So alarming that Basu says he often refers patients to counseling. Psychiatrists concerned about the effects of climate change on mental health say there are no standards of care in their profession yet. They suggest a response must be tailored for each patient, but some common responses are emerging.
"We Are Hungry for Information"
One environmental group isn't waiting for doctors and nurses to figure how to talk to patients about climate change.
"We're trying to create a demand for these conversations to get started," says Molly Rauch, the public health policy director with Moms Clean Air Force, a project of the Environmental Defense Fund.
Rauch urges the group's more than one million members to ask doctors and nurses for guidance. For example: When should parents keep children indoors because the outdoor air is too dirty?
"This isn't too scary for us to hear about," Rauch says. "We are hungry for information about this, we want to know."
But Rauch says it doesn't seem like climate change is breaking into the medical community as a health issue. One study found classes about environmental health or global warming at only 20 out of 140 U.S. medical schools.
A few nursing schools are adding climate-related courses to their training, to prepare students for conversations with patients.
"Nurses need to catch up quickly," says Patrice Nicholas, director of the Center for Climate Change, Climate Justice and Health at the MGH Institute of Health Professions in Boston.
Nicholas attributes the delay, in part, to politics. "Climate change really needs to be reframed as a public health issue," Nicholas says.
The few doctors and nurses who have started discussing climate change with their patients say they've not had much pushback, but that may be because bringing climate change into the exam room is still very new.
SCOTT SIMON, HOST:
The World Health Organization calls climate change the greatest health challenge of the 21st century. So should physicians add climate change to the list of health challenges they talk about with their patients? Martha Bebinger with member station WBUR in Boston had a visit with one doctor who says the answer is yes.
MARTHA BEBINGER, BYLINE: Dr. Mary Rice, a lung specialist, adjusts the setting on a portable oxygen tank as she and her patient take a slow walk through the clinic.
(SOUNDBITE OF BEEPING)
MARY RICE: All right. So we're now at 86%. So that's definitely below the 88 threshold.
BEBINGER: Michael Howard has COPD, a progressive lung disease.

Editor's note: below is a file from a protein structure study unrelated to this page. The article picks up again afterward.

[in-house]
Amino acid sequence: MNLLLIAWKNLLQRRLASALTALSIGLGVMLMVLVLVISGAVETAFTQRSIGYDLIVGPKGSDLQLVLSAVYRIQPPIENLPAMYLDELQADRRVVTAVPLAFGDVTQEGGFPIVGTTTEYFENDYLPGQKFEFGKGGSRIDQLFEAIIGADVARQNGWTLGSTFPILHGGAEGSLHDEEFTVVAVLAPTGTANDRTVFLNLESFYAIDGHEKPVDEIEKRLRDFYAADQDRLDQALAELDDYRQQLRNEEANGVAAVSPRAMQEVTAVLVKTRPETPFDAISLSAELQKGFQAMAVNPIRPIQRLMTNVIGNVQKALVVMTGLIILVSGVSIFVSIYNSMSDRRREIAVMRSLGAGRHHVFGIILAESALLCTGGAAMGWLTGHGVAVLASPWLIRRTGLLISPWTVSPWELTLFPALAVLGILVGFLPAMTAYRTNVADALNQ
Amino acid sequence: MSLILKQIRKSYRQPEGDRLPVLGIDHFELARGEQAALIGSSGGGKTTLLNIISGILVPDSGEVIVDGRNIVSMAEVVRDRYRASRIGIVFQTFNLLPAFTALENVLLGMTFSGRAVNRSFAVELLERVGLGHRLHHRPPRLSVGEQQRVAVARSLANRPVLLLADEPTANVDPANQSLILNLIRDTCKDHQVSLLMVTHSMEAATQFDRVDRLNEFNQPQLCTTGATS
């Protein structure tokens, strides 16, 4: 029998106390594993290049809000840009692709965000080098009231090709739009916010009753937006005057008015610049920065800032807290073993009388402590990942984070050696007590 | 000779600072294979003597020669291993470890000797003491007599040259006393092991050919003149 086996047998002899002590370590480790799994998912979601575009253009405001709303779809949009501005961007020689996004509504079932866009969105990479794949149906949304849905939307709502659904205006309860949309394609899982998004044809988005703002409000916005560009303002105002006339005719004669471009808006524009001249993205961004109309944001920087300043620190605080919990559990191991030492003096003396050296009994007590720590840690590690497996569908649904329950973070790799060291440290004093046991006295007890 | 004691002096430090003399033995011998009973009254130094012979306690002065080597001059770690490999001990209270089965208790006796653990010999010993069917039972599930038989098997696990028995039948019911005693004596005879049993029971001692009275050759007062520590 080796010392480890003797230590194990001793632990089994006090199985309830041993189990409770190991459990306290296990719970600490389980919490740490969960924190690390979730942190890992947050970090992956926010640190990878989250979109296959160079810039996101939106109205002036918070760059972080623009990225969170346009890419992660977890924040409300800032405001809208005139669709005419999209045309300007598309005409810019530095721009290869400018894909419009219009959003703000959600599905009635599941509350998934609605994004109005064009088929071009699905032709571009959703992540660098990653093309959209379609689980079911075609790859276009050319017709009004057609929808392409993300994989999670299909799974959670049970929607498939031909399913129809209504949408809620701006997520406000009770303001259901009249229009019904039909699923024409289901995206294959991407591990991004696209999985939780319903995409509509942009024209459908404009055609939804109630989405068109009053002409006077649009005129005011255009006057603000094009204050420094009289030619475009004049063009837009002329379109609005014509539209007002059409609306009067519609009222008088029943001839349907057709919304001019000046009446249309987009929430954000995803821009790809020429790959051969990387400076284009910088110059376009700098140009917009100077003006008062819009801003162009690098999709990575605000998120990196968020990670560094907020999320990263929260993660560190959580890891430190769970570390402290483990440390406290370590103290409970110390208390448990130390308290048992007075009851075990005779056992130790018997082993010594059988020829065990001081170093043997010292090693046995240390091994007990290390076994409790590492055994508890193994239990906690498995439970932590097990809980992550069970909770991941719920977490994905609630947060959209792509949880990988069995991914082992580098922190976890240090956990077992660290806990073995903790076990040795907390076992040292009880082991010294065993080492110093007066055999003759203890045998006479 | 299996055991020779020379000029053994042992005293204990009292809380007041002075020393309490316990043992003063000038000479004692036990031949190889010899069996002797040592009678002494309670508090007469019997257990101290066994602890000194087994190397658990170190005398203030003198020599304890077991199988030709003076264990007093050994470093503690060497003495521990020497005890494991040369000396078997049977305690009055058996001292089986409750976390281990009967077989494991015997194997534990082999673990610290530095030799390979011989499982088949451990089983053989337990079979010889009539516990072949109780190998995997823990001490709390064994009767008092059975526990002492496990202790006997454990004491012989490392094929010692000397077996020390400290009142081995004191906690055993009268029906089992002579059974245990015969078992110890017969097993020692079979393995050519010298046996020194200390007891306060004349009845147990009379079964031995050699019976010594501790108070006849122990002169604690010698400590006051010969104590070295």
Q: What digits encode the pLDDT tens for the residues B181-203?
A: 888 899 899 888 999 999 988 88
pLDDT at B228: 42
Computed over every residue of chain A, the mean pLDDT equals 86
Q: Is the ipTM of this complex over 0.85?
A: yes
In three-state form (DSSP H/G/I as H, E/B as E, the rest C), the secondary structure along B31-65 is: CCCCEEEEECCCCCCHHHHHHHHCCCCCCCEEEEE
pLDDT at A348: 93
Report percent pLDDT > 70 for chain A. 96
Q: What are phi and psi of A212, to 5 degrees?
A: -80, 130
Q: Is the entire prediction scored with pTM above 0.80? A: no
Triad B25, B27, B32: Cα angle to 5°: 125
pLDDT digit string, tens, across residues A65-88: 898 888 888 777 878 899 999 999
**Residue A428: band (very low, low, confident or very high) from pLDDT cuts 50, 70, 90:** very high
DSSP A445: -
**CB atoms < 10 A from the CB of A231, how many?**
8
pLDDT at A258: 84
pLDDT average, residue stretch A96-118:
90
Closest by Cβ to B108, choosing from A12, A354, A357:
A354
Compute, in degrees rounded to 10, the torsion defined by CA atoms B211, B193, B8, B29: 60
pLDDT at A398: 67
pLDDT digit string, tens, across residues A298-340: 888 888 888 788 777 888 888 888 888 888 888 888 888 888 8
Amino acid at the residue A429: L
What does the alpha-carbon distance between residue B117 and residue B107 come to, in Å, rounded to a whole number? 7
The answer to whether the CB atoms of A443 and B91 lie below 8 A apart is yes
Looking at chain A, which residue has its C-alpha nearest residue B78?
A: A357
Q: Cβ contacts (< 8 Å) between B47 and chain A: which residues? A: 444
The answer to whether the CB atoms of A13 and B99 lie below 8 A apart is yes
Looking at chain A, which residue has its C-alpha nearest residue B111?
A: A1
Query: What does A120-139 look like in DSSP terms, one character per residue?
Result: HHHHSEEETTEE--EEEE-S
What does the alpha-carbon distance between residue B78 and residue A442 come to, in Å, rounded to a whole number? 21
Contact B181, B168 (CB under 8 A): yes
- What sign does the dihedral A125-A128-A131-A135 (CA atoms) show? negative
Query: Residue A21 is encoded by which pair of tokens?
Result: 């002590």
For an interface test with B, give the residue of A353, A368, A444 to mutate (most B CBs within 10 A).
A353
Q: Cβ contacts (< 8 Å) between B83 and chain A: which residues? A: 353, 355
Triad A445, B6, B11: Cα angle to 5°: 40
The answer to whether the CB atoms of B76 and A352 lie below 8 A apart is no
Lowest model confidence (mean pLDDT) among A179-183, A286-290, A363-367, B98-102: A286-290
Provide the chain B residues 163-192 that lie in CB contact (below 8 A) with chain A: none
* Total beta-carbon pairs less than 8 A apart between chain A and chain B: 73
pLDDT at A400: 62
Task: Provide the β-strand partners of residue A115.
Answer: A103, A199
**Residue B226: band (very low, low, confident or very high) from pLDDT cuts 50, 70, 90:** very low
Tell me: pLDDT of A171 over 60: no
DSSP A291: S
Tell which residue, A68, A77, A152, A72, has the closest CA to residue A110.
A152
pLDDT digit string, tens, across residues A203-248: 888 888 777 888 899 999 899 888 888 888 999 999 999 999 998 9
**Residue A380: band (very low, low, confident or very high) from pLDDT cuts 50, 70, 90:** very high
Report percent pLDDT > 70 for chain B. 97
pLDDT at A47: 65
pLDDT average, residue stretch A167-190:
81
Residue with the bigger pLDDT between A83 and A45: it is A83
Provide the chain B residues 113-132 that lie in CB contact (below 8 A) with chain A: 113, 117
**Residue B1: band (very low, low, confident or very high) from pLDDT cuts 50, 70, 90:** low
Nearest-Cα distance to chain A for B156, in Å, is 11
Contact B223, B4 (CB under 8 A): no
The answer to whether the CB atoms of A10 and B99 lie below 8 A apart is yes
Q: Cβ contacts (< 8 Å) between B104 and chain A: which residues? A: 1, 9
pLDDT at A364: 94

MICHAEL HOWARD: I lived in Florida for 14 years. And I moved back because the humidity was just too much.
BEBINGER: Now, with the approaching humidity and heat of a Boston summer, Howard's agreed to start wearing the clear plastic tubes attached to a tank on wheels.
HOWARD: Can I ask you - like, last summer, why was it so hot, Dr. Rice?
RICE: Yeah. So it's - the overall trend of the hotter summers that we're seeing are due to climate change.
BEBINGER: Rice has a different version of that conversation with her next patient, Mary Heafy, whose asthma is worse during allergy season. Heafy wants to know why her eyes run and her chest is tight for longer periods every year.
MARY HEAFY: It feels like, once it starts in the springtime, it doesn't end until a killing frost.
BEBINGER: Dr. Rice tells Heafy she's right. It's not just in her head.
RICE: So because of global warming, the plants are flowering earlier. After hot summers, the trees are releasing more pollen the following season. And the ragweed - it's actually extending longer into the fall.
BEBINGER: So Heafy, who's 64, needs more, stronger medicines, more air filters and may spend more days wearing a mask. Heafy tells Rice she's grateful for the information.
HEAFY: Physicians talk about things like smoking. But I don't know that every physician talks about the environmental impact. And it's been very helpful.
BEBINGER: If Heafy smoked, which she doesn't, Rice would know what to suggest - stop. And Rice would work on helping her quit.
RICE: But climate change is different because an individual patient cannot prevent climate change.
BEBINGER: So Rice focuses on steps her patients can take to cope with the consequences of heat waves and more tiny particles floating into Heafy's lungs.
RICE: This is real people getting sick and having to take more medications and sometimes getting hospitalized or dying prematurely. That's really the reason why I think doctors need to get involved here.
BEBINGER: But few are. There are lots of possible reasons why. There's little, if any, training in medical or nursing schools. There are no medical guidelines about how to discuss the health risks of climate change. Patient visits are already packed. And some doctors worry about bringing politics into the exam room. One environmental group isn't waiting for doctors and nurses to speak up. Molly Rauch is with Moms Clean Air Force.
MOLLY RAUCH: We were trying to basically create a demand for these conversations to get started.
BEBINGER: Rauch's group started a campaign that urges its more than 1 million members to ask doctors and nurses when, for example, patients should keep children indoors because the outdoor air is too dirty.
RAUCH: This isn't too scary for us to hear about. We are hungry for information about this. We want to know.
BEBINGER: The few doctors and nurses who are discussing climate change with their patients say they've heard no pushback yet. For NPR News, I'm Martha Bebinger in Boston.
SIMON: And the story is part of a reporting partnership between NPR, WBUR and Kaiser Health News. Transcript provided by NPR, Copyright NPR.